H. learned and perverse "2 (a very possible combination of qualities in any erudite scholar !). and thus was a myth propagated behind which the historical Jesus completely disappeared. say. 15:20. truly God and truly man. with Jesus ultimately confessed as "of one substance with the Father ". Montefiore has of late remarked that 1 The Formation of Christian Dogma (1957). turned Jesus into another Hellenistic redeemergod. Hebrews i and ii. 19 in mind. 298. the fact has to be faced that New Testament research over. E.JESUS AS " THEOS " IN NEW TESTAMENT 251 in the first christian communities. The dogma of Christ's deity. the three centuries following the New Testament period saw this concern for an ontological interpretation of the person of Christ eclipsing and overriding functional christology. Nicene and Chalcedonian christology was the credalizing climax of this process. with the words of Mark x. not even the functional designation " Christ ". Yet be that as it may. " perfect in Godhead " as in manhood. and in the Fourth Gospel. and certainly never believed himself to be God. and asserts itself in the New Testament documents. W. of course. to what extent is the ontological christology of the ancient creeds with their strong affirmation of the deity of Jesus a faithful credalization of the New Testament evidence? Is it a legitimate and inevitable development of New Testament christology. . until the question whether and in what sense Jesus was God became the dominant issue. has offered a solution of it in words both forthright and provocative. p. he has said. namely. Colossians i. Turner has pronounced Werner's book " brilliant. For example. 5-11 . especially in passages like Philippians ii. the last thirty or forty years has been leading an increasing number of reputable New Testament scholars to the conclusion that Jesus himself may not have claimed any of the christological titles which the Gospels ascribe to him. Moreover.1 Professor H. W. And so arises a leading exegetical question. p. 2 The Pattern of Christian Truth (1954). or a distortion of it ? In the light of the knowledge now at the disposal of New Testament scholarship knowledge so much greater than that possessed by the Fathers does not this christological problem call for fresh and far more thoroughgoing elucidation ? Martin Werner. 20.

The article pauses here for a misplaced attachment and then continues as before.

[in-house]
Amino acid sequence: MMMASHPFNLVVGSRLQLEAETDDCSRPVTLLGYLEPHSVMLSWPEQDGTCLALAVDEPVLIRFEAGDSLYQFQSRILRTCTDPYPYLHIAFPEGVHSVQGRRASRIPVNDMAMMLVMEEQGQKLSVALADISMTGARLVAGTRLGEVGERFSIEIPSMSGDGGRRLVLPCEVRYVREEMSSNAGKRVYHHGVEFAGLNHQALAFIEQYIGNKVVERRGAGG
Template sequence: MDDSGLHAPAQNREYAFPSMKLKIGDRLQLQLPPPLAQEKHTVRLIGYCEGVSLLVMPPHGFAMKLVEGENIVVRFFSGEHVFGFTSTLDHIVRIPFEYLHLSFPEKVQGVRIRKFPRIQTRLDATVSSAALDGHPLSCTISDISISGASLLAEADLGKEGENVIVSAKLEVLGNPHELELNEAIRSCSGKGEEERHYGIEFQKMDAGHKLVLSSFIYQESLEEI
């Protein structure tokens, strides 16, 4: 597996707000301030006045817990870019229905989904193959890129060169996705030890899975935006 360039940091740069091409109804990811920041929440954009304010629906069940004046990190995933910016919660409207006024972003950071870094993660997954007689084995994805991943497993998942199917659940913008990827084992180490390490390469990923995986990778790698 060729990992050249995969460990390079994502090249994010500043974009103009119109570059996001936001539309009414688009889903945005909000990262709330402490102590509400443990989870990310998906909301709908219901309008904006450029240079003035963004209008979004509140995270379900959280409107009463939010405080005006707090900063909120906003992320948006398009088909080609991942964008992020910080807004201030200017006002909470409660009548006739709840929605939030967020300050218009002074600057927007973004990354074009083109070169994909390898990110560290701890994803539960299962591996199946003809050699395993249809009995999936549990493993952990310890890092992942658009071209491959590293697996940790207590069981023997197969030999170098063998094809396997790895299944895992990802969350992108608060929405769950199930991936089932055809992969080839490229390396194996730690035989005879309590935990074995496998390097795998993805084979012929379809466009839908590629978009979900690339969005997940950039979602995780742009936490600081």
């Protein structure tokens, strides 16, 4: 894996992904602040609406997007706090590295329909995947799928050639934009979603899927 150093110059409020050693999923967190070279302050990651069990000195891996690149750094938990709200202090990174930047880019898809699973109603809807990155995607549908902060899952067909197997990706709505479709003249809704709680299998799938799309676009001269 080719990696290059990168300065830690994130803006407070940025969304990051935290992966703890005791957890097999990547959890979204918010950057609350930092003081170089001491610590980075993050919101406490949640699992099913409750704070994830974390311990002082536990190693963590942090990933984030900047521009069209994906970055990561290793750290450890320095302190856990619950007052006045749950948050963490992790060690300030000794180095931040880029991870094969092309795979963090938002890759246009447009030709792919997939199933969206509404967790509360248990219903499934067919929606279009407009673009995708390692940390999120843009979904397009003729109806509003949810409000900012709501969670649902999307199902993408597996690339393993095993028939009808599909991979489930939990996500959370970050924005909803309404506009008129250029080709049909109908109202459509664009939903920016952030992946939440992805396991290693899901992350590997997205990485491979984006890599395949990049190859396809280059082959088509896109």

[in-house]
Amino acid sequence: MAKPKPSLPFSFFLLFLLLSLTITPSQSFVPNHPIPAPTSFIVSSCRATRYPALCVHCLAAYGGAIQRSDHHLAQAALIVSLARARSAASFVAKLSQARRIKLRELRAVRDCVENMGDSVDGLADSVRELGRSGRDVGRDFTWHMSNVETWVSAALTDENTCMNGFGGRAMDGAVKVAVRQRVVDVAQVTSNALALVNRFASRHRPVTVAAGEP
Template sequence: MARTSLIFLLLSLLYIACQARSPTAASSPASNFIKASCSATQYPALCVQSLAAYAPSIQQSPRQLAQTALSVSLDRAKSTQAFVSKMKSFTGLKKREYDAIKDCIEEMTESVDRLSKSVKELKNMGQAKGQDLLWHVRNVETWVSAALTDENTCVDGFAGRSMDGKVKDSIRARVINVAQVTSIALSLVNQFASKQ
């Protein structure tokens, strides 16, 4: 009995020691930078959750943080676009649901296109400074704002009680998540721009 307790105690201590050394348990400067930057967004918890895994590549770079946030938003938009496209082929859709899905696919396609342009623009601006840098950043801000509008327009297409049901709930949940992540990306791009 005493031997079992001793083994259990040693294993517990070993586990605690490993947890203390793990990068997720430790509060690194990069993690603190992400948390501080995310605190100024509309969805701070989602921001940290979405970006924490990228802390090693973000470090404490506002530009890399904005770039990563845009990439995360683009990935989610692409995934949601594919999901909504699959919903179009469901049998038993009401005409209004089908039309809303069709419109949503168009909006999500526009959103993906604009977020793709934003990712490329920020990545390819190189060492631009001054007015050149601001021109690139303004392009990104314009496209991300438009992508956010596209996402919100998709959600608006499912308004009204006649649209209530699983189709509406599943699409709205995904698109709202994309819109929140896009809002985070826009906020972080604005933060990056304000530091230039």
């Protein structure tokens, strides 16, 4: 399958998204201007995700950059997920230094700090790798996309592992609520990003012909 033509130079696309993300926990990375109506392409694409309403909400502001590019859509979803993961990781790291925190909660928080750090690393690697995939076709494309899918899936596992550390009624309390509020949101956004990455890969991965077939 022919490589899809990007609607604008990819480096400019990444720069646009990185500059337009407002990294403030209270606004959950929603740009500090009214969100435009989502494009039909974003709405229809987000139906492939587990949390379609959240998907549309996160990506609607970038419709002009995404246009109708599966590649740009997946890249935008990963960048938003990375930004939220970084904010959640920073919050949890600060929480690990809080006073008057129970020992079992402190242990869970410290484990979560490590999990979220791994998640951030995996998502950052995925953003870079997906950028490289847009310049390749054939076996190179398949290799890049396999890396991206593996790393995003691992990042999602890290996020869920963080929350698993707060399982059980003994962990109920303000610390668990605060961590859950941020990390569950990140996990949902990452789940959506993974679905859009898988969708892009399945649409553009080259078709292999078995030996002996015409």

Vidler (1962). which will be a review of the evidence requiring special attention in any reappraisal of New Testament christology. what aspects of New Testament teaching about Christ's person require careful reconsideration ? 1 In his essay " Toward a Christology for Today ". Fuller's exhaustive analysis of the growth of New Testament christology brings him to a view of the self-understanding of Jesus resembling Bultmann's.252 THE JOHN RYLANDS LIBRARY Jesus seems to have denied explicitly that he was God 1 . as many New Testament scholars seem still to do. H. In other words.2 Now if this is the position to which careful analysis of the Gospel evidence brings us. A. published in Soundings. not in the sense that he defined himself thus precisely. in the quotation made at the outset of this lecture. if in consequence of the advance of New Testament scholarship this is a day for christological stocktaking and one which poses the question whether the traditional formulations of the doctrine of the person of Christ are in fact scriptural. and R. Grillmeier speaks of as urgent. but that this was " the working concept" of his identity which guided him throughout his mission. Fuller thinks that Jesus understood himself as an eschatological prophet. A. declaring him " True God of true God " is a right credalization of the New Testament evidence ? I would at least suggest that this problem is becoming sufficiently acute today to be in itself a reason for that " re-appraisal of the Church's belief in Christ right up to the present day " which. p. what becomes of the claim that the christological clauses of the ancient credal formularies are a right explication of the New Testament witness ? Can you hold together. 130. II Shall we now move on to our second main division. 158. 2 The Foundations of New Testament Christology (1956). . p. ed. the two positions that on the one hand critical study of the Gospels discloses a Jesus with no consciousness of being God and making no claim to be God and on the other hand the belief that Nicene christology.